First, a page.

A Short Citizen’s Guide to Kooks, Demagogues, and Right-Wingers On Tax Day
No one likes to pay taxes, so tax day typically attracts a range of right-wing Republicans, kooks, and demagogues, all of whom tell us how awful we have it. Herewith a short citizen’s guide (that is, a citizen’s guide that’s short rather than a guide for short citizens) responding to the predictable charges:
1. “Americans pay too much in taxes.” Wrong: The United States has the lowest taxes of all developed nations.
2. “The rich pay too much! The top ten percent of income earners pay over 72 percent of all income taxes!” Misleading: The main reason the rich pay such a large percent is they’ve become so much richer than the bottom 90 percent in recent years. If you look at what they pay as individuals — the percent of their incomes over and above the highest rate below them — you’ll see a steady decline over the years. When Republican Dwight Eisenhower was president, the marginal rate on the highest earners was 91 percent (after deductions and tax credits, closer to 50 percent); by 1980 it was still up there, at 70 percent (an effective rate of closer to 45 percent); under Bill Clinton, it was 38 percent (an effective rate closer to 28 percent).
Look at the after-tax earnings of families and you’ll see what’s really going on. Between 1980 and 2000, the after-tax earnings of famlies at the top rose more than 150 percent, while the after-tax earnings of families in the middle rose about 10 percent. The Bush tax cuts of 2001 and 2003 raised the after-tax incomes of most Americans by a bit over 1 percent — but raised the after-tax incomes of millionaires by 4.4 percent.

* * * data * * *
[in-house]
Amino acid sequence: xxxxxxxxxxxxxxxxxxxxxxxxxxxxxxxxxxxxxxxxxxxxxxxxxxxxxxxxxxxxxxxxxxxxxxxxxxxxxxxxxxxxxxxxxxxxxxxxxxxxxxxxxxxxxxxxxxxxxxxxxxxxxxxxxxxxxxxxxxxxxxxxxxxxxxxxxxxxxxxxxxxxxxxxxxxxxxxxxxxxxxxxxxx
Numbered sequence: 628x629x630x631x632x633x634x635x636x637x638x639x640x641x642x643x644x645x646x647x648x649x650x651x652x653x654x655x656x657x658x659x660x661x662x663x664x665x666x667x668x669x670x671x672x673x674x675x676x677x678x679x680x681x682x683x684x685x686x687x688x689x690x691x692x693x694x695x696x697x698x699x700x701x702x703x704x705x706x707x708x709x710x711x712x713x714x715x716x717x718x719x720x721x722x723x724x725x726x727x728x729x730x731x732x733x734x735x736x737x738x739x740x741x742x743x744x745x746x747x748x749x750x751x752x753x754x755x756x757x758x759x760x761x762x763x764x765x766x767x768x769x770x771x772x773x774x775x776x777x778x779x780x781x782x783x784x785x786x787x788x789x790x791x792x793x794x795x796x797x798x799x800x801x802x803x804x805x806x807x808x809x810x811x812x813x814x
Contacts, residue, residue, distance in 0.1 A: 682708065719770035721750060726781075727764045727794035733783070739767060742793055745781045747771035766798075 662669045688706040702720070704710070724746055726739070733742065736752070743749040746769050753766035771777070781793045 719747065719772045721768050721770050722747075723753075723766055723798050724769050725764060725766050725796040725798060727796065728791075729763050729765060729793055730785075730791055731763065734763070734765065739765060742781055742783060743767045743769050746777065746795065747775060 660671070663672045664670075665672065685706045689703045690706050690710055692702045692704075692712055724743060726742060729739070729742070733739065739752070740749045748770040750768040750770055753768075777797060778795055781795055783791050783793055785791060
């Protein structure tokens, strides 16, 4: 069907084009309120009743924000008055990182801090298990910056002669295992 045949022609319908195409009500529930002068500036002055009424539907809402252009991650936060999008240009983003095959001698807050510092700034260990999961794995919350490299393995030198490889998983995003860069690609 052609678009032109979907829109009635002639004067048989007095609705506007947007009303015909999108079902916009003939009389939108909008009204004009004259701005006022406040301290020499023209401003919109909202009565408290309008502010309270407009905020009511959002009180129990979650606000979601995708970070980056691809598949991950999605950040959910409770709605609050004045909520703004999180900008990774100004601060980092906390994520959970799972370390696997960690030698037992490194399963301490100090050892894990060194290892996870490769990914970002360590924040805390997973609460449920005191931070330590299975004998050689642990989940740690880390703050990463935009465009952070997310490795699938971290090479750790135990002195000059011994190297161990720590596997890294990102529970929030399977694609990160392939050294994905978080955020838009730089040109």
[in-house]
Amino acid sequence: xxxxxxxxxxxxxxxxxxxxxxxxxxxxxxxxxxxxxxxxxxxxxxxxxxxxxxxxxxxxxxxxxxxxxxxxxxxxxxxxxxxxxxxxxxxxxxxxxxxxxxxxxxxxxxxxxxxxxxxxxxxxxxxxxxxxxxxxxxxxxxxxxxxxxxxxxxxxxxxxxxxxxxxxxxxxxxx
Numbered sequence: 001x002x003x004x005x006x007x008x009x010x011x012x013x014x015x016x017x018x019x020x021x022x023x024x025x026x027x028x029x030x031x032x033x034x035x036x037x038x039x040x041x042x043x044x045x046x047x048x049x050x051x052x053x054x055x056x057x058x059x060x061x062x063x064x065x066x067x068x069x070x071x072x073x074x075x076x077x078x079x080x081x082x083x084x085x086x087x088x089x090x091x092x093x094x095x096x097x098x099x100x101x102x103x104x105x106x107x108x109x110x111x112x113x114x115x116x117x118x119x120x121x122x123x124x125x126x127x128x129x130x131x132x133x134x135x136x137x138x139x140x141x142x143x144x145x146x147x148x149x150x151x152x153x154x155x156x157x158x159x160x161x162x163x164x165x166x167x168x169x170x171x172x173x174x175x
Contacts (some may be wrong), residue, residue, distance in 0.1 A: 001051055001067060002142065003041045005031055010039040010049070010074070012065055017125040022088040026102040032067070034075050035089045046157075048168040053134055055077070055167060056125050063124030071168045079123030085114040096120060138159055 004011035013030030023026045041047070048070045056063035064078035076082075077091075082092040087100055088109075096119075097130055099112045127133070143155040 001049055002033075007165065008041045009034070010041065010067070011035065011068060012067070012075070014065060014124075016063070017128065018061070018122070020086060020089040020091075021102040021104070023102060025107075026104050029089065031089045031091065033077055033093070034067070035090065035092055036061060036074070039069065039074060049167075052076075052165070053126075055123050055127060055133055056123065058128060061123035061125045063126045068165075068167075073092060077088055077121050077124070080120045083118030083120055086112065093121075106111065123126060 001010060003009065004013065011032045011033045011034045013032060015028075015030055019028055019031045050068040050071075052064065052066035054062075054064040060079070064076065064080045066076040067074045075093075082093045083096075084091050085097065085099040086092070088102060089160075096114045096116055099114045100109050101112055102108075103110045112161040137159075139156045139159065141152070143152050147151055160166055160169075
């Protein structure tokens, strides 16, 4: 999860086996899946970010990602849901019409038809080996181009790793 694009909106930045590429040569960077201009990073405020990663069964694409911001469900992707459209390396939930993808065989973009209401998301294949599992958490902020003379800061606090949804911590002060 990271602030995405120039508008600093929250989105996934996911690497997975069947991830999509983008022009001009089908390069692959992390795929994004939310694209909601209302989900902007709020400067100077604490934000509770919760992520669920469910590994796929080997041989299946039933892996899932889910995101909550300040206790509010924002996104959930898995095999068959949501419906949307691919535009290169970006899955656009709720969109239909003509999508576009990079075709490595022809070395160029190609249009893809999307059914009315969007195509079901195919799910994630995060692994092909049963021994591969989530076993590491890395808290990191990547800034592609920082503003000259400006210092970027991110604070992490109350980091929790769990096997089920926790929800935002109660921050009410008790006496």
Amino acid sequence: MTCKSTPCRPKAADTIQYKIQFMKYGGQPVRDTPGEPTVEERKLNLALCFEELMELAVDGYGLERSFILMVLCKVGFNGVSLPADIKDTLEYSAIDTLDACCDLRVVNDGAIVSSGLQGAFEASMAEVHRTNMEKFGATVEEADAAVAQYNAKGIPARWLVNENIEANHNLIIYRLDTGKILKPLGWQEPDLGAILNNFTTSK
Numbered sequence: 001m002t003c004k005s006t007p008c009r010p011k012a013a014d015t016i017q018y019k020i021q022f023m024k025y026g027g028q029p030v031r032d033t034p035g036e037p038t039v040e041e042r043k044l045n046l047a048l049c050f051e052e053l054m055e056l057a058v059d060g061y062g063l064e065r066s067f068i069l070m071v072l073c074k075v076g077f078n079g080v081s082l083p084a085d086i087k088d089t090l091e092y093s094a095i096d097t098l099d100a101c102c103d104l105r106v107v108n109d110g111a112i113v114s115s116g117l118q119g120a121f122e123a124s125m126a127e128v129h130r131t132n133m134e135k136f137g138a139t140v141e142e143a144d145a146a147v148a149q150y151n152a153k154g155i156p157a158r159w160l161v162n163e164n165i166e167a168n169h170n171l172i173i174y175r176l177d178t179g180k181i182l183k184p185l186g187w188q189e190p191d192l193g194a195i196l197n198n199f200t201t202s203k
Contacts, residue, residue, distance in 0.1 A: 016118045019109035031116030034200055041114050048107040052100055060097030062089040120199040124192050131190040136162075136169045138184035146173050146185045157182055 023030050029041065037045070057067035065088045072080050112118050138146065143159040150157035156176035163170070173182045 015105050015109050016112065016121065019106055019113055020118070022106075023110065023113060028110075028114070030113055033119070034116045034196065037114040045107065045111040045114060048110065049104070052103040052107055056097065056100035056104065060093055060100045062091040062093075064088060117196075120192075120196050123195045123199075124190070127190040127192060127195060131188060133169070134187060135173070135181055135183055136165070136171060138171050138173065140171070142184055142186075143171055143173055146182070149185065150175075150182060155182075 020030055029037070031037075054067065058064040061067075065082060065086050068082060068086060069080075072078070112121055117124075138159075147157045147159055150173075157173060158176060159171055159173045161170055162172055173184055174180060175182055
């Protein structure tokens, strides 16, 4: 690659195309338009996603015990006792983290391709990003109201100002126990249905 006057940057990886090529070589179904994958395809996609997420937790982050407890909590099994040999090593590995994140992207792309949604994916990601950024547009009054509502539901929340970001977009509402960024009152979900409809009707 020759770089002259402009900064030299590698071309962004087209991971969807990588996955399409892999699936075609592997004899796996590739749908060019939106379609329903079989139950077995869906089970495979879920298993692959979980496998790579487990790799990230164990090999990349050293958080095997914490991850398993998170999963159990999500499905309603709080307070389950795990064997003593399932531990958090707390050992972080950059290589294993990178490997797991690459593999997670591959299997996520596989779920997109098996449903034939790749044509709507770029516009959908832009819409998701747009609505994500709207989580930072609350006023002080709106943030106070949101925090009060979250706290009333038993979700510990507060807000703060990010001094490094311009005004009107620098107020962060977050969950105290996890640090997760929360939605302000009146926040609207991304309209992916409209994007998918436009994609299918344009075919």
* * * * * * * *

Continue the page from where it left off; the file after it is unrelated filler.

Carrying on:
3. “The bottom 60 percent pay only 3.3 percent of the taxes!” Misleading again. Most Americans are paying more in sales taxes than they ever have. Property taxes have also been rising at a steady clip. And Social Security taxes have also risen (thanks to the Greenspan Commission), while earnings over about $100,000 aren’t subject to Social Security taxes. So-called “sin” taxes (mostly beer and cigarettes) have also skyrocketed. All of these taxes take a bigger bite out of the paychecks of people with lower incomes than they do people with higher incomes.
4. “Obama is raising your taxes!” Wrong. Obama is cutting taxes for 95 percent of Americans, by about $400 per person a year — not a whopping tax cut, to be sure, but not a tax increase by any stretch. Only the top 2 percent will have a tax increase, but even this tax increase is modest. Basically, they go back to the rates they were paying under Bill Clinton (their deductions will be limited to 28 percent, which is only fair). And they won’t start paying this until 2011 anyway.
5. “The huge debts we’re wracking up will cause your taxes to rise!” Wrong again. When it comes to the national debt, as I’ve said before, the relevant statistic is the ratio of debt to the gross domestic product. The only sure way to bring that debt down and make it manageable in future years is to get the economy growing again — which requires that, in the short term, the government spend a lot of money (because consumers and businesses won’t). In the long term, the biggest source of concern is rising health-care costs. And that’s something Obama and Congress are aiming to tackle.
6. “We have a patriotic duty to stand up against Washington taxes!” Just the opposite. We have a patriotic duty to pay taxes. As multi-billionaire Warrent Buffett put it, “If you stick me down in the middle of Bangladesh or Peru or someplace, you’ll find out how much this talent is going to product in the wrong kind of soil. I will be struggling thirty years later.” President Teddy Roosevelt made the case in 1906 when he argued in favor of continuing the inheritance tax. “The man of great wealth owes a particular obligation to the state because he derives special advantages from the mere existence of government.”
An acquaintance from law school, now a partner in one of Washington’s biggest and wealthiest law firms, explained to me one day over lunch how he and his partners use tax rules to create offsetting taxable gains and losses, and then allocate the gains to the firm’s foreign partners who don’t pay taxes in the United States. That way, they keep the losses here and shelter their income abroad. I noticed he had an American flag lapel pin. “You’re supporting our troops,” I said, referring to his pin. “Yup,” he replied, entirely missing my point.